Treasury Deserves Commendation for Expanding Sanctions on Iran’s Islamic Revolutionary Guard Corps
On October 31, the U.S. Treasury Department Office of Foreign Asset Control (OFAC) updated its Specially Designated Nationals (SDN) List, applying new sanctions to several individuals and entities affiliated with Iran’s Islamic Revolutionary Guard Corps (IRGC) for their role in supporting the IRGC’s terroristic and ballistic missile proliferation activities. The latest actions build upon the Trump administration’s announcement on October 13 that it was designating the IRGC as a terrorist group pursuant to Executive Order (E.O.) 13224.
Prior to October 13, the IRGC was sanctioned in its entirety in 2007, 2011, and 2012 under E.O.s 13382, 13553, and 13606 respectively for its human rights and non-proliferation abuses. OFAC’s October 13th designation rightfully corrected an existing anomaly in U.S. policy, whereby the IRGC’s Quds Force –its foreign expeditionary arm—was designated under Executive Order 13224 for its support of terrorism, while the IRGC itself was not. In reality, there is no meaningful distinction between the IRGC and the Quds Force, as both ultimately report to the supreme leader, and the organizations frequently share resources and personnel.
Treasury Secretary Steven Mnuchin affirmed the hollowness of the distinction in an October 13th statement, recognizing the central role the IRGC has played in Iran becoming the world’s foremost state sponsor of terrorism, and stating that the designation was a result of the IRGC’s provision of support for the “IRGC-Quds Force, the key Iranian entity enabling Syrian President Bashar al-Assad’s relentless campaign of brutal violence against his own people, as well as the lethal activities of Hizballah, Hamas, and other terrorist groups.”
The IRGC’s designation under Executive Order 13224 is a crucial and commendable component of the Trump administration’s comprehensive Iran strategy which the president articulated on October 13. Trump’s strategy centers on correcting shortcomings in the Joint Comprehensive Plan of Action (JCPOA) which will allow Iran to dramatically shrink its breakout time toward a nuclear weapon when key provisions sunset, and on renewing America’s commitment to pushing back against Iran’s malign efforts to destabilize the Middle East, which Iran has rapidly accelerated since the nuclear deal went into effect.
OFAC’s October 13th designation of the IRGC and subsequent October 31st expansion of sanctions targeting the IRGC are wholly consistent with the letter and spirit of the JCPOA. Guidance issued by the Obama administration on Implementation Day of the deal made clear that “the USG retains the authority to continue imposing sanctions under authorities not included within the scope of section 4 of Annex II, including those used to address Iran’s: support for terrorism, support for persons involved in human rights abuses in Syria or for the Government of Syria, support for persons threatening the peace, security, or stability of Yemen, human rights abuses, and ballistic missile program.”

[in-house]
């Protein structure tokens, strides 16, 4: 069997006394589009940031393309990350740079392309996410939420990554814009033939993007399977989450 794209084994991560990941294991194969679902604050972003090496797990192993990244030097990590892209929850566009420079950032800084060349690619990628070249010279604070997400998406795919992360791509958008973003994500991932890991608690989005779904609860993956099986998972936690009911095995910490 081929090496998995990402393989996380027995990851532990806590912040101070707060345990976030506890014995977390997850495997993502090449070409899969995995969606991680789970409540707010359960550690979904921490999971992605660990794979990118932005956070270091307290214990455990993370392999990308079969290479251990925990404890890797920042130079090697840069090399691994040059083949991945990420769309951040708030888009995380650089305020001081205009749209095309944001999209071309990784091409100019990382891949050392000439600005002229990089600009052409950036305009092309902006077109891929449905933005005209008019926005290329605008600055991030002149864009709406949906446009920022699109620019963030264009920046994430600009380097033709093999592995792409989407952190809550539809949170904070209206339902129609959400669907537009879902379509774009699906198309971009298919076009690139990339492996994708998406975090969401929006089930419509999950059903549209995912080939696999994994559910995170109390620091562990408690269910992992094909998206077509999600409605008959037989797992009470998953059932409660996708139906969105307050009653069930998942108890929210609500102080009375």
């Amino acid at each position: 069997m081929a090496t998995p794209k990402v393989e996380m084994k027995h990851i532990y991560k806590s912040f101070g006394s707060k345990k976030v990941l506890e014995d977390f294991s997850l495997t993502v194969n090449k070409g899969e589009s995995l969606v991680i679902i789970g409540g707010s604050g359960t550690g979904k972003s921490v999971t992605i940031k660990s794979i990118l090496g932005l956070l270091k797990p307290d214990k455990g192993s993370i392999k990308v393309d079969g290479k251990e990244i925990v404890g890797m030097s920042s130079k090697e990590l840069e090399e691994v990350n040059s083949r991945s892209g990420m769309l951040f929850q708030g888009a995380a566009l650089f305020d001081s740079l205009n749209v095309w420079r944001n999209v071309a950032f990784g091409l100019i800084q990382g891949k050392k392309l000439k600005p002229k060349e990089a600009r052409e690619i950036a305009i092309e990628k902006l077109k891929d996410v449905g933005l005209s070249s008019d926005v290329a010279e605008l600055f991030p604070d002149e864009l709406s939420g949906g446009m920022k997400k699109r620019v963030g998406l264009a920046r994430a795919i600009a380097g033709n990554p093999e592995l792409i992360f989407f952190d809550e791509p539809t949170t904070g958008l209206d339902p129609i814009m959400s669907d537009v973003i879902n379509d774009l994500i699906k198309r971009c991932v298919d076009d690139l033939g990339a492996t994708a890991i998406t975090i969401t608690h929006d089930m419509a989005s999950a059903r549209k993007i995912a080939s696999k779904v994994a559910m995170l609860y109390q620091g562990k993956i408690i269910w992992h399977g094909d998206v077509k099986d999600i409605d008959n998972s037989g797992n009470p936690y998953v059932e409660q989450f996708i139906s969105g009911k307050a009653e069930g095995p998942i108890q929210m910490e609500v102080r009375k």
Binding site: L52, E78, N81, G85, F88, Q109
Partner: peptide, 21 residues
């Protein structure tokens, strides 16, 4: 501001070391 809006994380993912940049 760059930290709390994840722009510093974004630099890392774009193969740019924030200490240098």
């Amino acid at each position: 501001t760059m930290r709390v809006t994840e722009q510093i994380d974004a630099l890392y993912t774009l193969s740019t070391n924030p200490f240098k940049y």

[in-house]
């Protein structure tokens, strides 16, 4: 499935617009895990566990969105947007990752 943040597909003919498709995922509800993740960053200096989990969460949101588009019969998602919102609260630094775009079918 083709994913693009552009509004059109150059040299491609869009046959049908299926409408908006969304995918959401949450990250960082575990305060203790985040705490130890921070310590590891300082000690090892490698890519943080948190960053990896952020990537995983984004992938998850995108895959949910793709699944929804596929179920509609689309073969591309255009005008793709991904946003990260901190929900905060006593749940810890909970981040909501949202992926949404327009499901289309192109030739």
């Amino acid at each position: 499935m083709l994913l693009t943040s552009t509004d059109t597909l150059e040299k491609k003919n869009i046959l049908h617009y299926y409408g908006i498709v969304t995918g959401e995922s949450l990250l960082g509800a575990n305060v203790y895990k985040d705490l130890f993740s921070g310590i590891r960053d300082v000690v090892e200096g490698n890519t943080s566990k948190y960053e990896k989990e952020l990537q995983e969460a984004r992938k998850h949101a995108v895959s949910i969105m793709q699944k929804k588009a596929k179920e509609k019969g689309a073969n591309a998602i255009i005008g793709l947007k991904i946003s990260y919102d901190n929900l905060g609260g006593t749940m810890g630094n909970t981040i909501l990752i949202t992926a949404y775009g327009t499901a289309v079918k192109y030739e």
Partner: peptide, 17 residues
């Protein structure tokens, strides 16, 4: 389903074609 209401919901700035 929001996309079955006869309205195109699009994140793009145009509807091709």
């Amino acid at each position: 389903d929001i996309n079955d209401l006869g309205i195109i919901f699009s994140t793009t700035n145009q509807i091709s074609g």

The October 31st expansion of sanctions most notably targets the IRGC Air Force, the Al-Ghadir Missile Command (which exercises operational control of Iran’s ballistic missile program), the Research and Self-Sufficiency Jihad Organization (which is responsible for research and development of Iran’s ballistic missile program), and the Aerospace Force Self Sufficiency Jihad Organization (which is involved in Iran's ballistic missile research and flight test launches).
The sanctions also targeted IRGC commander Mohammad Ali Jafari and four senior officers. Jafari has commanded the IRGC, the most powerful element of Iran’s security services and the primary instrument of preserving and expanding the Islamic Revolution, since 2007. During his tenure, Jafari has overseen the expansion of Iran’s ballistic missile program, the brutal suppression of domestic dissent, and the acceleration of Iran’s meddling in Iran, Syria, and Yemen. Jafari’s deputy, Brigadier General Mohammad Hejazi, was also designated on October 31. Hejazi, who previously served as commander of the IRGC’s basij paramilitary force, is an ultra-hardliner who has played a leading role in violently stifling reformist efforts such as the 1999 Tehran student protests and 2009 Green Movement.
Designating the IRGC was perhaps the most important leverage available to the U.S. to contain Iran’s support for terrorism and expansionist goals, a move which Iran sought to prevent with characteristic bluster that belied its obvious concern. Prior to OFAC’s actions, IRGC commander Mohammad Ali Jafari, warned the U.S. against targeting the IRGC on October 8, stating, “As we’ve announced in the past, if America’s new law for sanctions is passed, this country will have to move their regional bases outside the 2,000 km range of Iran’s missiles.” The Trump administration’s decision to expand sanctions against the IRGC, which opaquely exerts pervasive control over virtually all sectors of the Iranian economy, underscores the risk global businesses face trading and investing in Iran.
Jordan Steckler is a research analyst at United Against Nuclear Iran (UANI)